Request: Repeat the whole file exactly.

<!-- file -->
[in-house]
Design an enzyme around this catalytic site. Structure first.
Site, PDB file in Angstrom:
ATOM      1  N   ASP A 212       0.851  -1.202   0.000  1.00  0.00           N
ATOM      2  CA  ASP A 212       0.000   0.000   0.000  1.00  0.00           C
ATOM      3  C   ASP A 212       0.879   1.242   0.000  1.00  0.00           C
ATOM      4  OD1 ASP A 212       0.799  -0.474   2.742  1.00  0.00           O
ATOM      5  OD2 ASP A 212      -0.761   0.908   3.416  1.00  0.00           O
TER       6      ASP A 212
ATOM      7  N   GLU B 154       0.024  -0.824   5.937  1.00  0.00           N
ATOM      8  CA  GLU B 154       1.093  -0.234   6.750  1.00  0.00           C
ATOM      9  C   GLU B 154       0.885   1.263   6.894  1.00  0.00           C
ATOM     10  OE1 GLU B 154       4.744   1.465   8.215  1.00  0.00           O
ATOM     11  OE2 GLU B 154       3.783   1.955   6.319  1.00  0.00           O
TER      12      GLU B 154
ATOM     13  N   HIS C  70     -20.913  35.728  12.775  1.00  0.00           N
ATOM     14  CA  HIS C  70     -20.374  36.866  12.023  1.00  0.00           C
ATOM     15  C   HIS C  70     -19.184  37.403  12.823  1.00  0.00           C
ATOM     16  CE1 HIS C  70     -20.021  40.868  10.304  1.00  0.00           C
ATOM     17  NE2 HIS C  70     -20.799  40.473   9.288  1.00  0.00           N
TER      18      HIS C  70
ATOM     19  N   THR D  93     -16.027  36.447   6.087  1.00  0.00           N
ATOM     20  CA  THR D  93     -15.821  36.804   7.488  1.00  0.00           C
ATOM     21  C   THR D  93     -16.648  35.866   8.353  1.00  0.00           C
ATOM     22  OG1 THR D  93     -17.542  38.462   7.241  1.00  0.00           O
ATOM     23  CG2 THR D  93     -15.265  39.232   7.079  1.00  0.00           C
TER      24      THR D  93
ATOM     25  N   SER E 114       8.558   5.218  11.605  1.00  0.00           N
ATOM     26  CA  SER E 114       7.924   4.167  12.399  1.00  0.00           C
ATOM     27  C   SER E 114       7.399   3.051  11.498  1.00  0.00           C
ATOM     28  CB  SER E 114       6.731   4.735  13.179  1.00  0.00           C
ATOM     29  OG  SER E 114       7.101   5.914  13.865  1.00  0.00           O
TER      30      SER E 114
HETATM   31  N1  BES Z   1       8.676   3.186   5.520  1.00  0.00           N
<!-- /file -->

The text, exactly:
[in-house]
Design an enzyme around this catalytic site. Structure first.
Site, PDB file in Angstrom:
ATOM      1  N   ASP A 212       0.851  -1.202   0.000  1.00  0.00           N
ATOM      2  CA  ASP A 212       0.000   0.000   0.000  1.00  0.00           C
ATOM      3  C   ASP A 212       0.879   1.242   0.000  1.00  0.00           C
ATOM      4  OD1 ASP A 212       0.799  -0.474   2.742  1.00  0.00           O
ATOM      5  OD2 ASP A 212      -0.761   0.908   3.416  1.00  0.00           O
TER       6      ASP A 212
ATOM      7  N   GLU B 154       0.024  -0.824   5.937  1.00  0.00           N
ATOM      8  CA  GLU B 154       1.093  -0.234   6.750  1.00  0.00           C
ATOM      9  C   GLU B 154       0.885   1.263   6.894  1.00  0.00           C
ATOM     10  OE1 GLU B 154       4.744   1.465   8.215  1.00  0.00           O
ATOM     11  OE2 GLU B 154       3.783   1.955   6.319  1.00  0.00           O
TER      12      GLU B 154
ATOM     13  N   HIS C  70     -20.913  35.728  12.775  1.00  0.00           N
ATOM     14  CA  HIS C  70     -20.374  36.866  12.023  1.00  0.00           C
ATOM     15  C   HIS C  70     -19.184  37.403  12.823  1.00  0.00           C
ATOM     16  CE1 HIS C  70     -20.021  40.868  10.304  1.00  0.00           C
ATOM     17  NE2 HIS C  70     -20.799  40.473   9.288  1.00  0.00           N
TER      18      HIS C  70
ATOM     19  N   THR D  93     -16.027  36.447   6.087  1.00  0.00           N
ATOM     20  CA  THR D  93     -15.821  36.804   7.488  1.00  0.00           C
ATOM     21  C   THR D  93     -16.648  35.866   8.353  1.00  0.00           C
ATOM     22  OG1 THR D  93     -17.542  38.462   7.241  1.00  0.00           O
ATOM     23  CG2 THR D  93     -15.265  39.232   7.079  1.00  0.00           C
TER      24      THR D  93
ATOM     25  N   SER E 114       8.558   5.218  11.605  1.00  0.00           N
ATOM     26  CA  SER E 114       7.924   4.167  12.399  1.00  0.00           C
ATOM     27  C   SER E 114       7.399   3.051  11.498  1.00  0.00           C
ATOM     28  CB  SER E 114       6.731   4.735  13.179  1.00  0.00           C
ATOM     29  OG  SER E 114       7.101   5.914  13.865  1.00  0.00           O
TER      30      SER E 114
HETATM   31  N1  BES Z   1       8.676   3.186   5.520  1.00  0.00           N